As Earth faces climate catastrophe, US set to open nearly 200 power plants. What are Public Utility Commissions doing?

Elizabeth Weise USA TODAY

Powerful hurricanes. Record-breaking heatwaves. Droughts that bring ruin to farmers. Raging forest fires. The mass die-off of the world’s coral reefs. Food scarcity. 

To avoid a climate change apocalypse, carbon dioxide emissions need to fall by as much as 45% from 2010 levels by 2030,  according to the U.N. Intergovernmental Panel on Climate Change

Instead, utilities and energy companies are continuing to invest heavily in carbon-polluting natural gas. An exclusive analysis by USA TODAY finds that across the United States there are as many as 177 natural gas power plants currently planned, under construction or announced. There are close to 2,000 now in service. 

All that natural gas is “a ticking time bomb for our planet,” says Michael Brune, president of the Sierra Club. “If we are to prevent runaway climate change, these new plants can’t be built.”

It also doesn’t make financial sense, according to an analysis by the Rocky Mountain Institute, a Colorado-based think tank that focuses on energy and resource efficiency. By the time most of these power plants are slated to open their doors, the electricity they’ll provide will cost more to produce than clean energy alternatives.

By 2023, the U.S. Energy Information Administration estimates the average cost of producing a megawatt hour of electricity will be $40.20 for a large-scale natural gas plants. Solar installations will be $2.60 cheaper and wind turbines will be $3.60 cheaper.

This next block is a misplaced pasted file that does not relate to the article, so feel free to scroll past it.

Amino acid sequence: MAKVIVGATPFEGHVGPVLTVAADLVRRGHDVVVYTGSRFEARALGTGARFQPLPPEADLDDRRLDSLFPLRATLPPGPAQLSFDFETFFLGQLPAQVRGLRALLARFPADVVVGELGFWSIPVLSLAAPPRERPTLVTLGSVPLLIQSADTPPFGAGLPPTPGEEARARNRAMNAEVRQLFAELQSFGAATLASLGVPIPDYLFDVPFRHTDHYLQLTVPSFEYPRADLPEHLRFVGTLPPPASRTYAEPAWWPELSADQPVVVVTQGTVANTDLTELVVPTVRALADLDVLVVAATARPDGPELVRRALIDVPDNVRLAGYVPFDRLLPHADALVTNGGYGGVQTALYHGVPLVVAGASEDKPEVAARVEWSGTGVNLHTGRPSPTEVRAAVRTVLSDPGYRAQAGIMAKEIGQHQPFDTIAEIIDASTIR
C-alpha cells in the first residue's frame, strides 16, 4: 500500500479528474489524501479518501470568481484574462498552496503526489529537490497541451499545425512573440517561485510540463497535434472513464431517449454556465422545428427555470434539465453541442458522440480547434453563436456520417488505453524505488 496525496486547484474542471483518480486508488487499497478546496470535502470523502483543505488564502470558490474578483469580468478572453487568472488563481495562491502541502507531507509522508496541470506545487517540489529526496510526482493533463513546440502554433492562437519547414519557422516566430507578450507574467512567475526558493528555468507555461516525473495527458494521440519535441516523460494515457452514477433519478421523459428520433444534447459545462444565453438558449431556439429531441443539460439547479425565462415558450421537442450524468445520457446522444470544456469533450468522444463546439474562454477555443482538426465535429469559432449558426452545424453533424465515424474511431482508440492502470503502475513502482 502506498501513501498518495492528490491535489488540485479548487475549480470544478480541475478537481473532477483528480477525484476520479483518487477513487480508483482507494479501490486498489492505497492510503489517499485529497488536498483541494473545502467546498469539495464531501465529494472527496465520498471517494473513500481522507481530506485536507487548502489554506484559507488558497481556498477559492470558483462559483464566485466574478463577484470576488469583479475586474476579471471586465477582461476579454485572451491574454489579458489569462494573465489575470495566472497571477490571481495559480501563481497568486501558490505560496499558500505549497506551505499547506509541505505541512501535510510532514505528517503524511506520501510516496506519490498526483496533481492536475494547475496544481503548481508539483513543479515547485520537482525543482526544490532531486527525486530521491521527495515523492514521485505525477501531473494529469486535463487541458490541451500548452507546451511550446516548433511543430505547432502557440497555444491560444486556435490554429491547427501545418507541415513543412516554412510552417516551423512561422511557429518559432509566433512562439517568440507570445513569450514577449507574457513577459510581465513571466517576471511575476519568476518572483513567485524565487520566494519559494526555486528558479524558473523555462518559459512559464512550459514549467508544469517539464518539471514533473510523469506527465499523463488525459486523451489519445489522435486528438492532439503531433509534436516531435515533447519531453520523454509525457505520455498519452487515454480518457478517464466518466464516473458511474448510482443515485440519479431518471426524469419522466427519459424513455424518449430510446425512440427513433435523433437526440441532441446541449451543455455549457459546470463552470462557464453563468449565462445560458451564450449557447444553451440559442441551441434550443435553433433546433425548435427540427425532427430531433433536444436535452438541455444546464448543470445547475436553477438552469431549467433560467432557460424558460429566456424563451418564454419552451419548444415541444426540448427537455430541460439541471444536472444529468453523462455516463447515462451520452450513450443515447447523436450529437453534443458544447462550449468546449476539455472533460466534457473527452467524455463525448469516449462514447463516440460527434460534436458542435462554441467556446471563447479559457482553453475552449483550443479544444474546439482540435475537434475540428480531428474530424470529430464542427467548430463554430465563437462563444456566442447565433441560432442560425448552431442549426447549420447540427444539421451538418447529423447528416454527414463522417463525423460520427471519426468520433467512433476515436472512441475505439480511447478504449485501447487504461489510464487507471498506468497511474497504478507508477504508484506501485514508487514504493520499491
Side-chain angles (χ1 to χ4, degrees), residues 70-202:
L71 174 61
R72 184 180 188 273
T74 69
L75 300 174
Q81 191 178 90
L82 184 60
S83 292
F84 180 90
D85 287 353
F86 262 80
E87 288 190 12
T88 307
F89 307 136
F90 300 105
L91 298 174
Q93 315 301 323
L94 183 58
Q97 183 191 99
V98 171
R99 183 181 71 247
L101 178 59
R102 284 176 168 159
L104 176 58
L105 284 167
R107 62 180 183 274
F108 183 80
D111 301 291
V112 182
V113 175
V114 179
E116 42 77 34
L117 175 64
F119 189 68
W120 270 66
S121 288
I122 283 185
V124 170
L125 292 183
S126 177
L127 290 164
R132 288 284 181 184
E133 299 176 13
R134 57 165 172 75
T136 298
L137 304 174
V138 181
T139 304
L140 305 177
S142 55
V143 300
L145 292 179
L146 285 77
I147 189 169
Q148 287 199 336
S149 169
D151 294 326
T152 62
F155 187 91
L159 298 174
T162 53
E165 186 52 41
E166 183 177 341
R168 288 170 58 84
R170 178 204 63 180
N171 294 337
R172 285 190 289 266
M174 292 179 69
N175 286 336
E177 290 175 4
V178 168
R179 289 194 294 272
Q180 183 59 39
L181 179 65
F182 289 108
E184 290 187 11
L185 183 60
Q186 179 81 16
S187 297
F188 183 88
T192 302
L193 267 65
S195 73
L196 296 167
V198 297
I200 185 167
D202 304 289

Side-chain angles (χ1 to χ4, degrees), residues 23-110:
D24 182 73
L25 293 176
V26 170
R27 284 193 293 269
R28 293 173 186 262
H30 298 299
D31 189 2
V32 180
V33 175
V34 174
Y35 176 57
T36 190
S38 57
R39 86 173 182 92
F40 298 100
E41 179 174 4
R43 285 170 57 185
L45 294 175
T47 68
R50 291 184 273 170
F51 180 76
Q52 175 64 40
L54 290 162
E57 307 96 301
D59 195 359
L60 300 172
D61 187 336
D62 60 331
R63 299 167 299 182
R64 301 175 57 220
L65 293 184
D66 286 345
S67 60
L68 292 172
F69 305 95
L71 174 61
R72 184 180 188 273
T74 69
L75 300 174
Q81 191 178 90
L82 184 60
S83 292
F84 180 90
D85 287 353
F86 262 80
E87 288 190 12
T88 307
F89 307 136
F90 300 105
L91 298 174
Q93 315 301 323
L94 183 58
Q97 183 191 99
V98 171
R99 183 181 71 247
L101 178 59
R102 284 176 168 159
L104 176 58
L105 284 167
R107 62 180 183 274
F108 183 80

Catastrophic effects ahead unless we make changes

The world needs to reduce its carbon emissions rapidly – by 50% within the next decade – or face the prospect of a global temperature rise of more than 2.7 degrees within decades, said Michael Mann, a professor of atmospheric sciences at Pennsylvania State University.

That’s enough warming to kill off the coral reefs, melt large parts of the ice sheets, inundate coastal cities and to yield what Mann calls “nearly perpetual extreme weather events.”

“By any definition, that would be catastrophic,” he said.

We’re seeing the start of it now. There’s strong data to suggest that global warming is already causing changes in the jet stream and other weather systems. That can cause hurricanes to slow down and wreak devastation in single areas for longer, said Marshall Shepherd, director of the atmospheric sciences program at the University of Georgia.

“With Dorian, we saw it stall over the Bahamas. We saw that with Harvey in Houston and Florence in the Carolinas,” he said.

More gas = more carbon dioxide

Adding dozens of new natural gas plants in the coming decades is going in the exact opposite direction of what we need, clean energy advocates say.

“If the current pipeline of gas plants were to get built, it would make decarbonizing the power sector by 2050 nearly impossible,” said Joe Daniel, a senior energy analyst with the Union of Concerned Scientists, a nonprofit based in Cambridge, Massachusetts.

An analysis by the Rocky Mountain Institute published Monday looked at 88 gas-fired power plants scheduled to begin operation by 2025. They would emit 100 million tons of carbon dioxide a year – equivalent to 5% of current annual emissions from the U.S. power sector. 

The institute calculated the cost of producing a megawatt-hour of electricity of a clean energy portfolio in each state that would provide the same level of power reliability as a gas plant. It determined that building clean energy alternatives would cost less than 90% of the proposed 88 plants.